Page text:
Skip to Content
North Carolina Newspapers

InterCom. online resource (None) 1954-1986, June 01, 1963, Image 5

Below is the OCR text representation of this newspaper page. It is also available as plain text as well as XML.

Duke University Medical Center, InterGom Page 5 AUXILIARY SERVICE RECOGNIZED. On May 10, Mrs. Glenn Negley, President of the Duke Hospital Auxiliary, honored active members of the organization with a “recog nition of service party” at her home on Hathaway Road. Here Mrs. H. F. Bowers, Auxiliary social chairman, serves punch on the pleasant porch to a group including Mrs. Negley, the hostess; Mrs. L. C. Patee, Mrs. Pauline Stillwell, Mrs. Bayard Carter, Mrs. Alice Barnes, Mrs. J. E. Markee, Mrs. Henry Stoever, and Mrs. Richard Leach. Dr. Hart Honored On May 31, Dr. Deryl Hart’s ad- ^^liiiistrative colleagues jyave a testi monial dinner at Hope V^aley Country Club in recognition of his contribu tion to Duke University first as pro fessor of surgery and then as presi dent of the University. Guests in- ehuled trustees of the Duke Endow ment, Duke University trustees, University ofificials, some of his colleagues in the medical school and their wives. Dr. Calvin Hoover presided. Mr. B. F. Womble responded for the Board of Trustees, Mr. Thomas L. Perkins for the Duke Endowment, Dr. William B. Hamilton for the faculty, and Dr. R. Taylor Cole for the administrative colleagues. Included in the program at each guest’s place wasia tribute to Dr. Hart, a portion of which follows. “Three years agj), at the height of a distinguished career in surgery and medical education, Dr. Deryl Hart was chosen president of Duke Uni- ^fcersity. The appointment of a sur- ^^eon to administer the diverse affairs of the TJniversity was an unprece dented step—and a tribute to J)r. Hart’s abilities that transcended com petence in his chosen field of medi cine. Since Dr. Hart took office on July 1, 1960, the progress of Duke University has testified eloquently to the wisdom of his election to the presidency. * * « “Recently, the chairman of the Duke Endow’ment Trustees said of Dr. Hart: ‘ He took office less than three years ago, yet his accomplish ments in this short span will be felt for many years to come. The fact is that he undertook this difficult job at a time when he was all but ready to retire after a distinguished career as a surgeon and leader in medical edu cation. He did so enthusiastically in spite of this possible hazard to his health, selflessly postponing his per sonal plans, to assume this difficult, Remanding and .sometimes tiiankless "ob.’ ” Rehabilitation (Continued from page 1) Miss Helen Kaiser, director of the department, notes that the new quar ters provide better organized and more attractive surroundings for the 120 or more patients who receive physical therapy each day. Also, the new classroom and related teaching facili ties will make possible an increase from 12 to 24 physical therapy stu dents. The Occupational Therapy Depart ment, which shares the reception area with i)hysical therapy, is centered in a large room equipped for a variety of activities that help patients regain strength and abilities important in everyday living. Woodw'orking, leather aiul metal crafts, ceramics and weaving are among these therapeutic occTipations. Miss liernice Belue, head of occupa tional therapy, says that these and other crafts are useful in “pre-voea- tional work” or exploring the patient’s potential for rehabilitation. Another activity of the department consists of evaluating Parkinson’s disease patients in terms of their ability to perform various “motor tasks” such as drawing and stringing beads before and after surgical treat ment has been carried out. In the ADL (activities of daily living) room, shared with physical therapj', Miss Belue and lier associates help patients regain abilities that liave been impaired by disease or injury. This room contains a kitchen stove, sink and other ecjuipmeut that a housewife nuist coi)e with each day. in an adjoining specially-equipped bathroom, a handicapped man may receive instruction in self-care tasks such as shaving or bathing. The room is adaptable for training patients with a variety of disabilities—for instance, wheelchair patients, arthritics with limited joint movement, or cardiac (Continued on page 7)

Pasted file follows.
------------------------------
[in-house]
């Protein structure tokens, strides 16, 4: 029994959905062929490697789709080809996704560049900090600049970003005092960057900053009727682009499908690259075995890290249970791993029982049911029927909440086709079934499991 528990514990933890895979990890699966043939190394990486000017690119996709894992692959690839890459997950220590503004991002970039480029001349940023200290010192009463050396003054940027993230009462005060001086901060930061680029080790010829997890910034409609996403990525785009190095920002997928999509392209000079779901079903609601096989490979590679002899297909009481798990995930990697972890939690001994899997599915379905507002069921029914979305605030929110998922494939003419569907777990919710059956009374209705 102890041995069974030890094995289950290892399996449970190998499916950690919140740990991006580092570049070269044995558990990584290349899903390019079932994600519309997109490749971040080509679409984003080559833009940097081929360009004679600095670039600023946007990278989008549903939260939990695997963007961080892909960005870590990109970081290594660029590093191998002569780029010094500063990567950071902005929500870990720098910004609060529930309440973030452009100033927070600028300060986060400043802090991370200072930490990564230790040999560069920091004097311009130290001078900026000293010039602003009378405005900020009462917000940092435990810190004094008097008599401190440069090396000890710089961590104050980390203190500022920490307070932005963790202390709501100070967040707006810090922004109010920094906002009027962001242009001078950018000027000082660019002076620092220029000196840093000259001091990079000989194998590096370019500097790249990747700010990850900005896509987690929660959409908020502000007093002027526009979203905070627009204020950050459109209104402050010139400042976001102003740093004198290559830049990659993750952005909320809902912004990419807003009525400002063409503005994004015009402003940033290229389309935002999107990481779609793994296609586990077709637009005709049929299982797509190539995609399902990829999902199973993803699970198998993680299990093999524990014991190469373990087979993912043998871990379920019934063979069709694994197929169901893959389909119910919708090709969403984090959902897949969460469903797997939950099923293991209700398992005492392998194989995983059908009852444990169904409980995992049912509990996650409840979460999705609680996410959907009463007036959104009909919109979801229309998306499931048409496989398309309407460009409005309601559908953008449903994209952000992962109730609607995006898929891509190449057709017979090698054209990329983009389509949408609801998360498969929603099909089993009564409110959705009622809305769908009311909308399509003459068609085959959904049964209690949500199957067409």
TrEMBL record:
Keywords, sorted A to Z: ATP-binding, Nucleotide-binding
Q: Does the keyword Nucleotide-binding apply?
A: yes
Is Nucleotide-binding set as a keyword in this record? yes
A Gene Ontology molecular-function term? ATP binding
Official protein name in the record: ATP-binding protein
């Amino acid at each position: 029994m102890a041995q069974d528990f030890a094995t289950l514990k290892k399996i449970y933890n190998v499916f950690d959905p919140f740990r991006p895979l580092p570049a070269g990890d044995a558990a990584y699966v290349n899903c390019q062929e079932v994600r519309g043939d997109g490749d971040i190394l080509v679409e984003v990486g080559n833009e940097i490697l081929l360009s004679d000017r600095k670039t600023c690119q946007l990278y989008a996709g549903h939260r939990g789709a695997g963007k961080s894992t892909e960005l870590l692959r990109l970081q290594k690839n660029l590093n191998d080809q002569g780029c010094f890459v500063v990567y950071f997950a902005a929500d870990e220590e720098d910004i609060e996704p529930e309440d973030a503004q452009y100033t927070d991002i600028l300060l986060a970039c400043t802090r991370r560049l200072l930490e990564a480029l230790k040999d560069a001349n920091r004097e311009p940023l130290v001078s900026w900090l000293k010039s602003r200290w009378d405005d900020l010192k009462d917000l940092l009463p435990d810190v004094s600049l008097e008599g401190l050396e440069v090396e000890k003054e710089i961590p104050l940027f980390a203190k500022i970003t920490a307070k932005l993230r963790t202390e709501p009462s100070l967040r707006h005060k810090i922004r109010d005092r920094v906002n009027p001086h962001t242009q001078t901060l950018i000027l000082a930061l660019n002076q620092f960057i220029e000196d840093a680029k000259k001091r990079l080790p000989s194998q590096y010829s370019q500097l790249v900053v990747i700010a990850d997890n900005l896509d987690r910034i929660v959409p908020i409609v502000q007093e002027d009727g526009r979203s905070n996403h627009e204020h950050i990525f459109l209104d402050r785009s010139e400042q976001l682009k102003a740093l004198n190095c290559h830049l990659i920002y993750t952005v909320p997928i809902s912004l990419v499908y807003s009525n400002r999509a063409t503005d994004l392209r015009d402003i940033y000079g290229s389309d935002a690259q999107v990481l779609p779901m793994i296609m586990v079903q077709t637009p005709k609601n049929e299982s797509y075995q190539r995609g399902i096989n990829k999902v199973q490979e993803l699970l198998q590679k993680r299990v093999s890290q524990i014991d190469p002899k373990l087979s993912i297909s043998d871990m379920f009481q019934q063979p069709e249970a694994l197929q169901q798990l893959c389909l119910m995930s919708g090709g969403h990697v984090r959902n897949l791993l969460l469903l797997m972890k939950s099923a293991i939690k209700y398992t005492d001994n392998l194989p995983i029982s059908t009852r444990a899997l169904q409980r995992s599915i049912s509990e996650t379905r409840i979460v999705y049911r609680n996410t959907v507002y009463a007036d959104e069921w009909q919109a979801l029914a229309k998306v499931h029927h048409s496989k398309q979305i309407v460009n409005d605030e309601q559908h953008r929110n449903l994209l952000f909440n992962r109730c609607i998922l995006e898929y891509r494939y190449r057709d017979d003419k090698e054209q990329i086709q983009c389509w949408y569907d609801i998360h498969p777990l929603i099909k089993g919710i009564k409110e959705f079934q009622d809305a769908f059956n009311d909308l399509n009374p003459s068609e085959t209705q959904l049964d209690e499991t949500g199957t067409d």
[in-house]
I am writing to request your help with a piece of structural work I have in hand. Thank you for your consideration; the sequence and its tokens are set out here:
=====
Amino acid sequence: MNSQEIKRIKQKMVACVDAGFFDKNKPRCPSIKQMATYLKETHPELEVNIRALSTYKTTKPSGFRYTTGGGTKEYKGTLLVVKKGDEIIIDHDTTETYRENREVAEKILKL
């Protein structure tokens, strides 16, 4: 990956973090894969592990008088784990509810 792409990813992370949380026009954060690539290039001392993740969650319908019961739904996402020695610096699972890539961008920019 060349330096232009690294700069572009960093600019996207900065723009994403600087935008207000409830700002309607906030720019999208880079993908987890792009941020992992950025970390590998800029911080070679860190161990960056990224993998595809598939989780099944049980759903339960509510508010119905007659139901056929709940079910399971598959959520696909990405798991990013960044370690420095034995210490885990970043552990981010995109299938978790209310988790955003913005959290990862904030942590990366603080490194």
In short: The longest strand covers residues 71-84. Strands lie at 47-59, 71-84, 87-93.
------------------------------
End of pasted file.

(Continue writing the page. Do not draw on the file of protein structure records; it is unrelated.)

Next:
North Carolina Newspapers is powered by Chronam.

Digital North Carolina